THE SLOVENIANS IN THE USA AND CHICAGO
The Christianization of the Slovenians in Europa began in earnest about 760 A.D., when the Irish monk Virgil became bishop of the Bavarian see of Salzburg. At the request of the Slav leader Hotimir, Virgil sent auxiliary bishop Modest with four priests and a deacon to evangelize the Slovenians of Carthinia, as their country was than called. Despite some setbacks, the Slovenians have for the most part remained Catholic till the present.
Some Slovenian immigrants had arrived earlier, but the first one of note was Frederic Baraga, Catholic priest and missionary to the Indians, who arrived in New York in December, 1830. He spent the rest of his life working for the Faith in Upper Michigan and adjoining areas. After reading the letters and reports which he sent back to Europe, other priests and lay people, many of them Slovenian, followed him to the United States. Among the priests was Father Franz Pierz, missionary in Minnesota. Other Slovenian young men came as seminary students, who studied in Minnesota seminaries and after ordination, spread out to work as missionaries and as parih priests in Slovenian parishes throughout the country, most of which were established by these priests. During the last decades of the 19th century and until 1914, thousands of Slovenian immigrants arrived on these shores. They settled wherever they found work in the mines, steel mills, factories and lumber fields, in areas of Cleveland, Chicago and Milwaukee, Colorado, Kansas and California. A second major wave of immigrants came after World War II as political refugees, to be followed by economic migrants in the 1960's and beyond. These latter two groups rejuvenated some of the Slovenian parishes where they settled after arriving here, especially in Cleveland, Chicago, New York and Milwaukee.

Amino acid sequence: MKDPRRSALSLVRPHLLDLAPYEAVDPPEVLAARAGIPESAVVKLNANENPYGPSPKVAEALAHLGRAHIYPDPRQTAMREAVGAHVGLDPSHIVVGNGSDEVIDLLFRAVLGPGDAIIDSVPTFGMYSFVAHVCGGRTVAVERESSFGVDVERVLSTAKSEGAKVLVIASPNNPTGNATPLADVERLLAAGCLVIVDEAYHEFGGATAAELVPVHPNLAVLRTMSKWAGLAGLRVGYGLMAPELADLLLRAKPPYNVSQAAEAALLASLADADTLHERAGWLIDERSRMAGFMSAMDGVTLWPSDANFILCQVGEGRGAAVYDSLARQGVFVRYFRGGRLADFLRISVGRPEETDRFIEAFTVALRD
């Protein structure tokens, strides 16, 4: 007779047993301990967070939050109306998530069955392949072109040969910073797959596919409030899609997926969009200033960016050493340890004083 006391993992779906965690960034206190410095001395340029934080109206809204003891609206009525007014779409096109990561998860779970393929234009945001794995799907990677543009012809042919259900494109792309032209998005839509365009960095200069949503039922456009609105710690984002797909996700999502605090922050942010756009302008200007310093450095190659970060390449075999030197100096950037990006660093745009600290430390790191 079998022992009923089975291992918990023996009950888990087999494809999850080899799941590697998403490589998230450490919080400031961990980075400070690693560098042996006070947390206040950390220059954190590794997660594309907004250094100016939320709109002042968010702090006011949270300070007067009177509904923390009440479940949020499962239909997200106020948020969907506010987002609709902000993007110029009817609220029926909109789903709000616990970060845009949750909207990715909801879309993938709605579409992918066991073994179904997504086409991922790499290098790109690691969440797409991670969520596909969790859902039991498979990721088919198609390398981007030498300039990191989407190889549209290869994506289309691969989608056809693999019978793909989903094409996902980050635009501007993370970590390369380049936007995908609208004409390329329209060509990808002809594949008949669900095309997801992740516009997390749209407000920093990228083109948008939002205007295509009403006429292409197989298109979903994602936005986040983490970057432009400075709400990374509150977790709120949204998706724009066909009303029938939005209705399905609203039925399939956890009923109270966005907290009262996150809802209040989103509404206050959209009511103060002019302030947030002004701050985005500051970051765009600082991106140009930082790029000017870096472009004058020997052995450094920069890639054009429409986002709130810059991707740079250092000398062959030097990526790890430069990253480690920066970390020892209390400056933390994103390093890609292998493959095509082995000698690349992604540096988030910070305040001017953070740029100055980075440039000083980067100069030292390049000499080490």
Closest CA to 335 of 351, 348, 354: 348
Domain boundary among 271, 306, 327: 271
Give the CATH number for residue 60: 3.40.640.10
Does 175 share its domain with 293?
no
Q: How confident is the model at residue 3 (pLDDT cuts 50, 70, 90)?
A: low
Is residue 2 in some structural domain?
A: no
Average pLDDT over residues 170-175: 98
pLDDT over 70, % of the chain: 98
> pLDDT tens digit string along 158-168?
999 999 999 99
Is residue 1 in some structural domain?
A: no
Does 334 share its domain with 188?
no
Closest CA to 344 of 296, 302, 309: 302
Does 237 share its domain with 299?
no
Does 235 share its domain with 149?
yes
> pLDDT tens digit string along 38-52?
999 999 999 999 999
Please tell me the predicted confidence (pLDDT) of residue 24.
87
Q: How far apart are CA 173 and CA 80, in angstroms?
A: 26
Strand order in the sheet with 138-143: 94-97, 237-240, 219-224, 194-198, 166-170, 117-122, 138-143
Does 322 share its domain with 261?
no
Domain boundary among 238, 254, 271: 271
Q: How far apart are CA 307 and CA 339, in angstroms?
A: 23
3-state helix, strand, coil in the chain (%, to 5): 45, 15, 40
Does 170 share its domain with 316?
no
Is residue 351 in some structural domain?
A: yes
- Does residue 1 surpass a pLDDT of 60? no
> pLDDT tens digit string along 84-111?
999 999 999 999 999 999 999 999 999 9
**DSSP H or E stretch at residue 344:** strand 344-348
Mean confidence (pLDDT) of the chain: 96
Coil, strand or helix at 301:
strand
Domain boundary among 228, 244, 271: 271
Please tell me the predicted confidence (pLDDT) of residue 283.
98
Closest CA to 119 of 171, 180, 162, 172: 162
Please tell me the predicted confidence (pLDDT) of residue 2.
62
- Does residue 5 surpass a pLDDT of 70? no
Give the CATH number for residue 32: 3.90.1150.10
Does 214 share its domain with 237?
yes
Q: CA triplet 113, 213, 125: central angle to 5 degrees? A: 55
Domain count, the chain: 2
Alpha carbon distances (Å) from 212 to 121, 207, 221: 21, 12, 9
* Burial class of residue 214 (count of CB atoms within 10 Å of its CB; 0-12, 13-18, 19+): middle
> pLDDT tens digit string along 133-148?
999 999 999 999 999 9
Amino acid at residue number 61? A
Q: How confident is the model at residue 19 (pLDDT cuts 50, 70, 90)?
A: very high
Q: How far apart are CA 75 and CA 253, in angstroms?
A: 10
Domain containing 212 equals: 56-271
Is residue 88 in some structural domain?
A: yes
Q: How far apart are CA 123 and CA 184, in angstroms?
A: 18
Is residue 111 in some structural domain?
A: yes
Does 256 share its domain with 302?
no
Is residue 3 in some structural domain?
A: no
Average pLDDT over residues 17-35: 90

Baraga became the first bishop of Marquette, Michigan, and his first two successors were also Slovenian, Ignatius Mrak and John Vertin. Other Slovenian priests, many ordained in this country, worked in American parishes and helped to establish American-Slovenian parishes whereever these were needed. In the Archdiocese of Chicago, they fouded the following parishes: St. Joseph, Joliet, 1891; St. Stephen, Chicago, 1898; Mother of God, Waukegan, 1903; and St. George, South Chicago, 1903. St. Stephen's and Mother of God parishes are now closed.
Some Benedictine priests of Slovenian descent from the abbeys of St. Vincent, Pennsylvania and St. John, Minnesota, also worked among the Slovenians, especially in Minnesota and Colorado.
Father Kazimir Zakrajsek, O.F.M., born May 31, 1878 in Preserje by Ljubljana, Slovenia; entered the Order in September 4th 1897; solemn religious vows in 1902; ordained a priest July 14, 1902. He came to USA in 1906. He died January 27, 1958 in Lemont and is buried in the cemetery of St. Francis (on the monastery property). Others of his confreres soon followed. In 1909, he founded the Slovenian monthly magazine, AVE MARIA, as a means of evangelization. It still exists today. The Franciscans established the Commissariat of the Holy Cross in 1912, which was and is a church religious organization of Franciscan priests and brothers. In the 1910's, Cardinal George Mundelein invited these Slovenian Franciscans to serve in the parish of St. Stephen's and St. George's. In 1923, the Slovenian Franciscans built a seminary and friary in Lemont, and here in 1994, the Slovenian Catholic Mission was established by Cardinal Joseph Bernardin.
In 1909, Slovenian religious women, the School Sisters of St. Francis of Christ the King, first came to Kansas to teach school in a Croatian parish. They worked in many Slovenian and Croatian parishes, and today their service in Chicago is as Sacred Heart School, 96th Street, and in Lemont, Illinois, home to Mt. Assisi Convent, Mt. Assisi Academy and Alvernia Manor.